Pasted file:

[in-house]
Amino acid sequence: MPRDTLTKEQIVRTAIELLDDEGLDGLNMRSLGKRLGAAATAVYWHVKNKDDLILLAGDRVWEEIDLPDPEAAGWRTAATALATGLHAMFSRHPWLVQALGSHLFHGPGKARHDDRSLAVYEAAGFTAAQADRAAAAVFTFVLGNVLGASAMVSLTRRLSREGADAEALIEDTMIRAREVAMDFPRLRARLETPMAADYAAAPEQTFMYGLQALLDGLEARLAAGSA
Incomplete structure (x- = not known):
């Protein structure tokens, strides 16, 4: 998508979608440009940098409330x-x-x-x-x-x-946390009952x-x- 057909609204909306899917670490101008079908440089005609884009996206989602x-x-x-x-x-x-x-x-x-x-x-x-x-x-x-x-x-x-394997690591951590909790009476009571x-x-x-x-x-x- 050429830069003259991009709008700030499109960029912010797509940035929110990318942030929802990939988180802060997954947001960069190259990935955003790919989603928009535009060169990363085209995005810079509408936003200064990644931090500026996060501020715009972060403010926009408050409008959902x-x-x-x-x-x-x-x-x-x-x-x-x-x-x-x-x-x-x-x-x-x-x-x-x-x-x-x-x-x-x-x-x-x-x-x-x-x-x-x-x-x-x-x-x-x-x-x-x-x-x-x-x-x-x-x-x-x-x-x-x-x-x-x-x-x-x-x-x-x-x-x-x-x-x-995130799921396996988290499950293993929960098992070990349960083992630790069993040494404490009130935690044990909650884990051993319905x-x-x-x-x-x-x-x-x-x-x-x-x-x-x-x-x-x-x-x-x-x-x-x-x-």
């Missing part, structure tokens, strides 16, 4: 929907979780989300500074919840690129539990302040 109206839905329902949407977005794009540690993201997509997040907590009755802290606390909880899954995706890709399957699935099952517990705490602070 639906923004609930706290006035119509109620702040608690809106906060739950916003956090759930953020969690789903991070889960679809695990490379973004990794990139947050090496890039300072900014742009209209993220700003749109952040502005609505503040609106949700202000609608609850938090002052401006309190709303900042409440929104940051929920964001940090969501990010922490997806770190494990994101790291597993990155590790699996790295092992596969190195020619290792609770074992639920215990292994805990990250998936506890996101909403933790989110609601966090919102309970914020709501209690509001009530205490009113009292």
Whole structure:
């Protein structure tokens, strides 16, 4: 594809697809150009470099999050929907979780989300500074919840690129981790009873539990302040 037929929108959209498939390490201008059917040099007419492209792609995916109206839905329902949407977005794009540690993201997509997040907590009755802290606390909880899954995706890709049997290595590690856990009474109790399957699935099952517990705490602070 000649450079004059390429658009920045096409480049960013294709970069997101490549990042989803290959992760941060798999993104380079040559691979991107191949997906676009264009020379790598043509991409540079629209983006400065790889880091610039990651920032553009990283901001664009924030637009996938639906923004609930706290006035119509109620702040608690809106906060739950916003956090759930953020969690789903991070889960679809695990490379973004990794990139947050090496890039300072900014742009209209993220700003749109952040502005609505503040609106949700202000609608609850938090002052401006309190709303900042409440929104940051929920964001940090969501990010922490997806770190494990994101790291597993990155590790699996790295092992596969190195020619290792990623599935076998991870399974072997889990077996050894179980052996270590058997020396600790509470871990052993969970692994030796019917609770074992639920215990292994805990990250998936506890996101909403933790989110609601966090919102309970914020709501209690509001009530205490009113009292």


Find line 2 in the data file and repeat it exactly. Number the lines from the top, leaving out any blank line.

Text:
Amino acid sequence: MPRDTLTKEQIVRTAIELLDDEGLDGLNMRSLGKRLGAAATAVYWHVKNKDDLILLAGDRVWEEIDLPDPEAAGWRTAATALATGLHAMFSRHPWLVQALGSHLFHGPGKARHDDRSLAVYEAAGFTAAQADRAAAAVFTFVLGNVLGASAMVSLTRRLSREGADAEALIEDTMIRAREVAMDFPRLRARLETPMAADYAAAPEQTFMYGLQALLDGLEARLAAGSA